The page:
by Katie Julius
As a child, I have fond memories of both our church and family celebrating Advent with the lighting of candles on an advent wreath. When we changed churches as a teen, there was not as much emphasis on the liturgical tradition and it kind of faded away.
As an adult with my own family, I wanted to start the same tradition mostly for tradition’s sake. I made my own advent wreath and searched for a family-friendly weekly devotional to use as we lit the candles in anticipation of the celebration of the birth of Christ.
Despite all the years of carrying on this tradition, it was not really until this year – and everything that 2020 has brought – that the themes of each candle that represents each week really began to resonate with me. Words that I have heard and meditated on every December found new and profound meaning in the context of the chaos of this year.
In the advent tradition, hope remembers that of the Israelites as they earnestly anticipated and hoped for the promised Savior. We now hope and pray for the second coming of Christ. Hope in 2020 is what has gotten many people through the year. Hope of a cure, hope of a vaccine, hope of a return to a normal life again.
Maybe it got you through the first few months of homeschooling – hope for the freedom that home education can offer your family. Hope for a chance to experience the community that so many homeschool families always share about.
God promised that his Son would bring peace on earth. Turning on the news any day this year could certainly cause anyone to be filled with anxiety and fear – the opposite of peace! Whether it’s news of the pandemic, unrest due to social injustices, or chaos in politics, life in this world brings nothing of peace.
You may be uneasy about being a homeschooler for the first time. You may be wondering if you are doing the right thing. Are your children learning? Are you going to “mess up”?
When the angels appeared to the shepherds in the field announcing the birth of Jesus, they did so with jubilant praise and much joy. Once the shepherds made their way to find the baby, shared what the angels had told them, and returned, they did so “glorifying and praising God for all they had seen and heard.” The Savior that had been prophesied had finally arrived. It was cause for great joy.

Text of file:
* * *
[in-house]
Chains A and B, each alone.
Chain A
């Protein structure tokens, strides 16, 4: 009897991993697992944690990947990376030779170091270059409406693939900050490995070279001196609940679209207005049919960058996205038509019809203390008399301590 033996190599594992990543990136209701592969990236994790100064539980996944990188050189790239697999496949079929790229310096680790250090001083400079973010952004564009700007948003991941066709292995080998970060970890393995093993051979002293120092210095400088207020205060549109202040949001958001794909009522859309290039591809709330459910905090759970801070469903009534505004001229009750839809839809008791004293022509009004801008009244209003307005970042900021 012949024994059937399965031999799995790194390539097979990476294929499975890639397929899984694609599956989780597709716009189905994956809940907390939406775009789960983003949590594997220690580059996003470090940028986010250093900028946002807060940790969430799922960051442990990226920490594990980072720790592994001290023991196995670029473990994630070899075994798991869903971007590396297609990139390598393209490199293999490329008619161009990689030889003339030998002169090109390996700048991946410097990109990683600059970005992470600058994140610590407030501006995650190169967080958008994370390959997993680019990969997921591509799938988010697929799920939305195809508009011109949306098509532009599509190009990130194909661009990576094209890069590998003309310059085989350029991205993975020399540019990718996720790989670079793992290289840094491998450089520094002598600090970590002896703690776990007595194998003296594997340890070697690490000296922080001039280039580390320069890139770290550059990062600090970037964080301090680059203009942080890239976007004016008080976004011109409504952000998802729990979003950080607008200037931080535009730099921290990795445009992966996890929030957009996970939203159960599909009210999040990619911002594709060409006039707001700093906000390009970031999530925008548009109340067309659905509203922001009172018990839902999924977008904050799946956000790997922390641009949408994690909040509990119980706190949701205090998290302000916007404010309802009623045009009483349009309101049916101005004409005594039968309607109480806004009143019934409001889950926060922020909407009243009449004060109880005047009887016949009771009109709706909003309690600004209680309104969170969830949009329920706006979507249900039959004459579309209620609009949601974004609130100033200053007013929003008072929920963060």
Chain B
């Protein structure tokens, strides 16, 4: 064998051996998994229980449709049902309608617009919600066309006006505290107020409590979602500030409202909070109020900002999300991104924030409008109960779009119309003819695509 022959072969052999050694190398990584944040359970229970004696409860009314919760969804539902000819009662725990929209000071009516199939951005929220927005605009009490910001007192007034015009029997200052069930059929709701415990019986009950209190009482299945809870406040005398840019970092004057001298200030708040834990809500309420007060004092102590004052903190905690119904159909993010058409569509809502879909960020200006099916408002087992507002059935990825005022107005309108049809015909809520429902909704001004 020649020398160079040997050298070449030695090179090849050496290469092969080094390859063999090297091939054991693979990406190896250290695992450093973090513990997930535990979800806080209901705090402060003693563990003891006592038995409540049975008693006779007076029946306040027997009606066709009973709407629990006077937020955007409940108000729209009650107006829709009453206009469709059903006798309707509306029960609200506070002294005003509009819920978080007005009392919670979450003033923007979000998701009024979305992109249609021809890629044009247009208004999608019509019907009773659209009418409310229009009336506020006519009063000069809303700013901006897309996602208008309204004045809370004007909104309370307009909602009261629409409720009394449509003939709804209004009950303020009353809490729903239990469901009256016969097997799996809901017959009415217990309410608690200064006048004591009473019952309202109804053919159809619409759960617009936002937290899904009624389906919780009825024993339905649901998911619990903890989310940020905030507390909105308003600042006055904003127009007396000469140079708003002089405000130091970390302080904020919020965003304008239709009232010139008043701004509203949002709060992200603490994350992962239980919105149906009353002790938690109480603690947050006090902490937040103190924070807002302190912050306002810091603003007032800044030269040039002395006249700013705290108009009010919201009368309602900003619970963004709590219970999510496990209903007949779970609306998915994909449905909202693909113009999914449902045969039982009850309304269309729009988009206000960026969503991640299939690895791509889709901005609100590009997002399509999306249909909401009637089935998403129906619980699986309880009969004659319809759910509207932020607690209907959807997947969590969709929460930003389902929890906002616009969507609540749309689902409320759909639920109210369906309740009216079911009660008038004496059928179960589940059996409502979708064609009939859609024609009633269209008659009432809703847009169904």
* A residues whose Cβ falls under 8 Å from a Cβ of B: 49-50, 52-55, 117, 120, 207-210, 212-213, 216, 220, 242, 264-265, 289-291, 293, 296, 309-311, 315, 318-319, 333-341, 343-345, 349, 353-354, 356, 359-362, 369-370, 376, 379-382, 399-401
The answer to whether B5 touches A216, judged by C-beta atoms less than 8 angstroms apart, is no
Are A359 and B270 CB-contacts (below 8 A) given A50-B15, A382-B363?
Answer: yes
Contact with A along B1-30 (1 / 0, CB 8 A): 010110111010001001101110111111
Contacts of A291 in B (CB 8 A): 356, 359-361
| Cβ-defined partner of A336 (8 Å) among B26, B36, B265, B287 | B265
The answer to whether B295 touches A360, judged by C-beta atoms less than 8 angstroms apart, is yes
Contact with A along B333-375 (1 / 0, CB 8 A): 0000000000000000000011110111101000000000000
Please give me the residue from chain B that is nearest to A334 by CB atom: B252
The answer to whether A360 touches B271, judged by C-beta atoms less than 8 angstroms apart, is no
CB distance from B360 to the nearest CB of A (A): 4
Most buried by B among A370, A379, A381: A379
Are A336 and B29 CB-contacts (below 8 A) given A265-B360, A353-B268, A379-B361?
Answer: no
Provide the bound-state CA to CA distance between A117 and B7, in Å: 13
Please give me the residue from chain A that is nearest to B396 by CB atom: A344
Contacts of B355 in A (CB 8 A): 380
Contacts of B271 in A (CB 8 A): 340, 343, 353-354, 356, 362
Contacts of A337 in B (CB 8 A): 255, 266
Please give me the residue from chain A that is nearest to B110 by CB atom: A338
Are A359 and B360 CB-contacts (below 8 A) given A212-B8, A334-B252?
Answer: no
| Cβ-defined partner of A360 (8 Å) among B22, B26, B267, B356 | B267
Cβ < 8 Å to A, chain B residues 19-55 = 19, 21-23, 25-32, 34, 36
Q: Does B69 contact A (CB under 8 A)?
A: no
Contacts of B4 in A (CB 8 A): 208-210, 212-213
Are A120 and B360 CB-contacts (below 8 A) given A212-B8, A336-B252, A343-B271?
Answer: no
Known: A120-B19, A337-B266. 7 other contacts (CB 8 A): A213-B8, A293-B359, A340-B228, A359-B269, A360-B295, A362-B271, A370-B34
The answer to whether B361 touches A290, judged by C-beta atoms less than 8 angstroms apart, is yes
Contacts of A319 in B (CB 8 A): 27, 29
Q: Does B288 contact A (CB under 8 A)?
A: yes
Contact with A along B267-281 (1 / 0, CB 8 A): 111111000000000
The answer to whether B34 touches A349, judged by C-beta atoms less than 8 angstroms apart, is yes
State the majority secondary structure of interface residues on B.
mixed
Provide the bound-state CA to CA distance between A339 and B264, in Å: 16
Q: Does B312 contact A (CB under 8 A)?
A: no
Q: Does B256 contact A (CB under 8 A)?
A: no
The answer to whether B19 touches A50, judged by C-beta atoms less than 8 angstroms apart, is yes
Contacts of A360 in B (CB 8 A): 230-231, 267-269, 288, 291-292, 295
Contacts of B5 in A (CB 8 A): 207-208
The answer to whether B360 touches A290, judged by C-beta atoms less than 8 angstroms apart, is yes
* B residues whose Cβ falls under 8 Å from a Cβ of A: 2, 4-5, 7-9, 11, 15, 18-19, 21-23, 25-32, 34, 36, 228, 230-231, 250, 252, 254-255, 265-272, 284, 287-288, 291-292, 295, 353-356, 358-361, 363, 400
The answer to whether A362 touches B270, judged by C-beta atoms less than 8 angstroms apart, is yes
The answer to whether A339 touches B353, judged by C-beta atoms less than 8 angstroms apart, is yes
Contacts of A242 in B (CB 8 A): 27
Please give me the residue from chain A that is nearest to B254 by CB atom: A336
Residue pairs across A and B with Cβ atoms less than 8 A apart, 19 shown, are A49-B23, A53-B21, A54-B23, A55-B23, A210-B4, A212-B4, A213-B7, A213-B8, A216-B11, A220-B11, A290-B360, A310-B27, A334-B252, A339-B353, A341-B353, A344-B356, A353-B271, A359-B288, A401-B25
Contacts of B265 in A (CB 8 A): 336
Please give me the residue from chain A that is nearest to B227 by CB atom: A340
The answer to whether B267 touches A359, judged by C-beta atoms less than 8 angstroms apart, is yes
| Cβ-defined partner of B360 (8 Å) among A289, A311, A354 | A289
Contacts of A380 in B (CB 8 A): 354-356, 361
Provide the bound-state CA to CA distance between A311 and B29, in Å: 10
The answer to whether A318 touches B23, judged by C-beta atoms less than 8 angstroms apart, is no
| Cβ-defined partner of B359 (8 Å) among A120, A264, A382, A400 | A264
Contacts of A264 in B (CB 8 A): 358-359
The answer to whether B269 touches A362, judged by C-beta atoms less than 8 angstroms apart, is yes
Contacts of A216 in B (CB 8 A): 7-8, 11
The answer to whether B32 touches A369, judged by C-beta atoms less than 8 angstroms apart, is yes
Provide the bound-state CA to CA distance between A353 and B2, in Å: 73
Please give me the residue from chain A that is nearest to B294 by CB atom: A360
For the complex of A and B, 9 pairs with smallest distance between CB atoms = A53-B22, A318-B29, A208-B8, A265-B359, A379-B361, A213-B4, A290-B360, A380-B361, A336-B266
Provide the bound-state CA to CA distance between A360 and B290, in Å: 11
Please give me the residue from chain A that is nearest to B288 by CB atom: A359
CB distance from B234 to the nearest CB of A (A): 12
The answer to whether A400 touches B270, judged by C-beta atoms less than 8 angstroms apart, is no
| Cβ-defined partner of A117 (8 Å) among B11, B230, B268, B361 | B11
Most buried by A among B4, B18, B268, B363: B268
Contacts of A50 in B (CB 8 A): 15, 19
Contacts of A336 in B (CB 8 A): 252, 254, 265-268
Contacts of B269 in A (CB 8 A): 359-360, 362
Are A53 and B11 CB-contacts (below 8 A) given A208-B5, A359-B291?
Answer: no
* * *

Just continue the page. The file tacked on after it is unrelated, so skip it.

It can be difficult to find joy in our current circumstances. Much has been lost this year. Of course, the greatest loss has been the loss of life, and is to be mourned. Other losses such as ceremonies and time-honored traditions, especially for kids and teens, can also rob us of happiness and joy.
The greatest act of love was the gift of God’s Son (and later, the ultimate sacrifice). God’s love for us is beyond our understanding. The celebration of Christmas is a reminder of that indescribable and unconditional love that God has for us, His unique and prized creation. His love is an example for us as we are commanded to love God and others.
This has been a challenging year to love others. There have been many points of disagreement – and it’s sharp division between each “side.” From politics to the pandemic, people have clung strongly to their beliefs and views, sometimes in ways that have been hurtful or unkind to others. It can be difficult to love those whose views are so diametrically opposed to our own. Being quarantined with family members for nine months has possibly brought about some of your not so best moments, even within your own home (I know we’ve had a few in our house this year).
Not always part of the Advent tradition, the final white candle represents Christ. This candle is lit, typically, on Christmas Eve or Christmas Day. It celebrates the birth of Jesus, the arrival of the long-awaited and much anticipated Savior. The King of Kings. The Lord of Lord. Emmanuel. God is with us.
We live in a fallen world. It has been a hard year. Words like hope, peace, joy, and love would probably not make any list describing 2020. Despite the challenges we have faced, globally, nationally, and personally, there is a way that these words can be what we remember from this year. Christ. It is only through Christ that we can experience true hope, peace, joy, and love, not only this holiday season, but year-round.